Hello. Welcome to week

four of this course on research methods.

My name is Dorcus Nyamai,

a research assistant at the Institute for Housing and Urban Development Studies and,

under the Urban Competitiveness and Resilience Specialization.

I'm delighted to take you through this session on research methods.

In the previous week,

you learned various research strategies including surveys,

experiment, and case study.

This week, we will learn about data and data collection methods.

At the end of this week,

you will understand the difference between primary and secondary data,

and between qualitative and quantitative data.

You will also learn about

qualitative and quantitative data collection methods and sampling methods.

So, what is data?

Data is information collected together for the purpose of analysis.

It is an integral path to research and the core that

ties theory to existing empirical reality.

Data can take the form of facts or statistics,

but also opinions, perceptions, and feelings.

Data is generally classified into qualitative and quantitative data.

Quantitative data is numeric by nature.

In other words, it is quantifiable.

For example age, population size,

and frequency of certain behaviors.

Qualitative data, on the other hand,

has no numeric meaning and is not quantifiable.

It could be in the form of words, or text,

photographs, sound recording, or videos and so on.

Data about opinions, perceptions,

explanations of behavior, and feelings are qualitative in nature.

The distinction between quantitative and qualitative data

isn't as hard as often is argued.

In a way in social sciences,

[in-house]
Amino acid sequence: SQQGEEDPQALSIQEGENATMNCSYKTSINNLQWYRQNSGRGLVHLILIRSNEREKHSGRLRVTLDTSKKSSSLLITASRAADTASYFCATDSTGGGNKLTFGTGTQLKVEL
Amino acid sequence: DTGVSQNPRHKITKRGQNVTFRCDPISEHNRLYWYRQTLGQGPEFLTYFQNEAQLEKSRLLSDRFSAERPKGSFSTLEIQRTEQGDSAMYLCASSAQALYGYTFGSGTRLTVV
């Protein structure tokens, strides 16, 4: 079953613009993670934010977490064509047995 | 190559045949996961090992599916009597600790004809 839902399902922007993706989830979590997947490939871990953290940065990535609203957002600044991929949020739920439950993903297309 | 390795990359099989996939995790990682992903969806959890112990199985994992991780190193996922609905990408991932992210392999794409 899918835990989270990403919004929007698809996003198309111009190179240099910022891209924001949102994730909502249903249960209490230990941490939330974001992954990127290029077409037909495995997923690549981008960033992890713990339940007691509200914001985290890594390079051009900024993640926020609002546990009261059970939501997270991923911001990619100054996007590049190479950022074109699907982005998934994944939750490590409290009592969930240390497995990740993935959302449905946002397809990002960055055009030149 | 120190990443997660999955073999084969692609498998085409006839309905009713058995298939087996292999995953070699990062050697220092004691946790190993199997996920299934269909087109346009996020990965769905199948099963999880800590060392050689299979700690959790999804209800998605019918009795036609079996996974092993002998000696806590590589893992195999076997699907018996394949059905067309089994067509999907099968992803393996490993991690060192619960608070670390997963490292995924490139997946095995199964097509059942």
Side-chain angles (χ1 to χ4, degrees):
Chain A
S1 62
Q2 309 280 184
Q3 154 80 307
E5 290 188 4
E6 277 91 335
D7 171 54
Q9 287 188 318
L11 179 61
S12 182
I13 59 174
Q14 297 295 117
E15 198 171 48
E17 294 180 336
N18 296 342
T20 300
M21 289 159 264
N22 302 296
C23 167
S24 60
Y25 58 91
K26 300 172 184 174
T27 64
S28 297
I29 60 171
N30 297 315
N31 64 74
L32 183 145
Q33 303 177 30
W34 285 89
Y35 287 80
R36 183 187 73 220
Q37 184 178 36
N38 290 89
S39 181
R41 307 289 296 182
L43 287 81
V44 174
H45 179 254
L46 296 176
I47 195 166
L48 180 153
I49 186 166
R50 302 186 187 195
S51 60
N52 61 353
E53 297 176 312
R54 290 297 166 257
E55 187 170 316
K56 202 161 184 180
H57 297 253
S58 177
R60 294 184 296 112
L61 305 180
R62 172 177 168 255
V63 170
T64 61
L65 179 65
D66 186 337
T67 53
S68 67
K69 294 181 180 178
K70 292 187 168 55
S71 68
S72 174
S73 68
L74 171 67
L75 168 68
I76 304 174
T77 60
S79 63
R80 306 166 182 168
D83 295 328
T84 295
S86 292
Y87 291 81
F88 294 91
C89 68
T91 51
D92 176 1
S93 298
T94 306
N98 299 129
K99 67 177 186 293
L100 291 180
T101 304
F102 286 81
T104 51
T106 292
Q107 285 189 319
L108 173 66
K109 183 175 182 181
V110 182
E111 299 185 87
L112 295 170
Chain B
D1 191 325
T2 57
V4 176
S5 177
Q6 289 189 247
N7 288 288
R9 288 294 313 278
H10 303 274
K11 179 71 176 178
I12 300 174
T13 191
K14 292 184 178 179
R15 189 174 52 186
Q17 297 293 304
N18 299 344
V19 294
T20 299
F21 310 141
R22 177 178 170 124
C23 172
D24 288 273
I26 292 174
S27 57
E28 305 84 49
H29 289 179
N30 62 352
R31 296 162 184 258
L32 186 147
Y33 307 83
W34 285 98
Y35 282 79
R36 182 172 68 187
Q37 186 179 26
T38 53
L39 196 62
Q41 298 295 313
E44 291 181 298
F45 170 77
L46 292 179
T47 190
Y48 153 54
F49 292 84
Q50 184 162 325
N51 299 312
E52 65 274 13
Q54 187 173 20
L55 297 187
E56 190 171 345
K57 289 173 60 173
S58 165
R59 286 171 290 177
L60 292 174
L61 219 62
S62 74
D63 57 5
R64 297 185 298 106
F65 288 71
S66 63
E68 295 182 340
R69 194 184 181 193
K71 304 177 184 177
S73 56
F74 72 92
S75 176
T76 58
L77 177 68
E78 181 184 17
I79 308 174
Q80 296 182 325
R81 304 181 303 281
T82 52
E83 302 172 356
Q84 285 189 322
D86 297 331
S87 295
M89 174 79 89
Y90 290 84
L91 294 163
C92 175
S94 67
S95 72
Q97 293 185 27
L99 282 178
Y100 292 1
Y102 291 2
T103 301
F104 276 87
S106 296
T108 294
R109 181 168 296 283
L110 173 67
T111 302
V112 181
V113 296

most quantitative data is used for statistical analysis and therefore,

to test or explain certain relationships,

while qualitative data gives new insights into some time still unknown variables.

Your research question, objective,

and strategy define whether you need qualitative or quantitative data.

It is good to know,

however, that in some cases,

qualitative data can be described and manipulated numerically.

Let me give you an example.

Suppose you are conducting a research on the perception of housing standards in a city.

You can interview inhabitants and collect

qualitative data on their opinions and perceptions.

But you may also choose

a quantitative approach using questions that can be answered on a scale

of say 1 to 5 where

positive perception is measured by the increase in value from 1 from 5.

Perception, in most cases, is qualitative.

However, by using a like at skills such as this one,

gives it a numerical value therefore making it quantitative.

Quantitative research is used to quantify variables of any form by generating

numerical data or data that can be transformed into usable statistics.

It uses measurable data to formulate facts,

to uncover patterns in research and generalize results from a large sample population.

Qualitative research, on the other hand,

is normally used to gain an understanding of reasons,

opinions, processes, and perceptions.

It uses a relatively smaller sample and is non statistical.

A mixed method using quantitative and qualitative methods is very common,

especially with case studies,

and can be helpful in the triangulation of data required to achieve validity.

Now, if we want to use quantitative data for statistical analyses,

data can be measured at different levels.

There are typically four levels of measurements namely;

nominal, ordinal, interval, and ratio.

We will look at each of them beginning with the nominal data.

Nominal data includes categorical values that cannot be ordered due to their nature.

For example, religion, ethnicity, and so on.

An example of a nominal variable is the variable religion.

The variable has a number of attributes for example Roman Catholic,

Protestants, Islam, Hinduism, Judaism, and so on.

For purposes of analyzing the results of this variable,

we arbitrarily assign the values one, two,